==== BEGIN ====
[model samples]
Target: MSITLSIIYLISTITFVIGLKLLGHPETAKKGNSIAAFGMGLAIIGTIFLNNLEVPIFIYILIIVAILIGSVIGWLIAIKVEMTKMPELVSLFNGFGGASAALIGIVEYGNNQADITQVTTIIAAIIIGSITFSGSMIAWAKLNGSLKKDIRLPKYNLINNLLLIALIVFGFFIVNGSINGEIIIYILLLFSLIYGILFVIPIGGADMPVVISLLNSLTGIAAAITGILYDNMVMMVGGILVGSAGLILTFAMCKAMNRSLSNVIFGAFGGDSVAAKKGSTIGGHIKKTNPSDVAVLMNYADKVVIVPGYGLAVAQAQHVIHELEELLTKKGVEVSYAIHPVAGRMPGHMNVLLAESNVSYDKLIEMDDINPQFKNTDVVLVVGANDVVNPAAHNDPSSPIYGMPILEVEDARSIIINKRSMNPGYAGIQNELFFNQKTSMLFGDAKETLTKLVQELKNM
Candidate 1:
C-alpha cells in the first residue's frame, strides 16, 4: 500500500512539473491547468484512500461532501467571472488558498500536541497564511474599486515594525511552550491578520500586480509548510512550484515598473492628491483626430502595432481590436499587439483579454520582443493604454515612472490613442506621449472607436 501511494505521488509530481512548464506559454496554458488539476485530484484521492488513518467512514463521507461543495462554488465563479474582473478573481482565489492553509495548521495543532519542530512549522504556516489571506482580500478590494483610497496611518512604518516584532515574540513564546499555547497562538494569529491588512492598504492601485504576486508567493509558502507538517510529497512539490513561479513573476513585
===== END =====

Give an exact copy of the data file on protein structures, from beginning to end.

[model samples]
Target: MSITLSIIYLISTITFVIGLKLLGHPETAKKGNSIAAFGMGLAIIGTIFLNNLEVPIFIYILIIVAILIGSVIGWLIAIKVEMTKMPELVSLFNGFGGASAALIGIVEYGNNQADITQVTTIIAAIIIGSITFSGSMIAWAKLNGSLKKDIRLPKYNLINNLLLIALIVFGFFIVNGSINGEIIIYILLLFSLIYGILFVIPIGGADMPVVISLLNSLTGIAAAITGILYDNMVMMVGGILVGSAGLILTFAMCKAMNRSLSNVIFGAFGGDSVAAKKGSTIGGHIKKTNPSDVAVLMNYADKVVIVPGYGLAVAQAQHVIHELEELLTKKGVEVSYAIHPVAGRMPGHMNVLLAESNVSYDKLIEMDDINPQFKNTDVVLVVGANDVVNPAAHNDPSSPIYGMPILEVEDARSIIINKRSMNPGYAGIQNELFFNQKTSMLFGDAKETLTKLVQELKNM
Candidate 1:
C-alpha cells in the first residue's frame, strides 16, 4: 500500500512539473491547468484512500461532501467571472488558498500536541497564511474599486515594525511552550491578520500586480509548510512550484515598473492628491483626430502595432481590436499587439483579454520582443493604454515612472490613442506621449472607436 501511494505521488509530481512548464506559454496554458488539476485530484484521492488513518467512514463521507461543495462554488465563479474582473478573481482565489492553509495548521495543532519542530512549522504556516489571506482580500478590494483610497496611518512604518516584532515574540513564546499555547497562538494569529491588512492598504492601485504576486508567493509558502507538517510529497512539490513561479513573476513585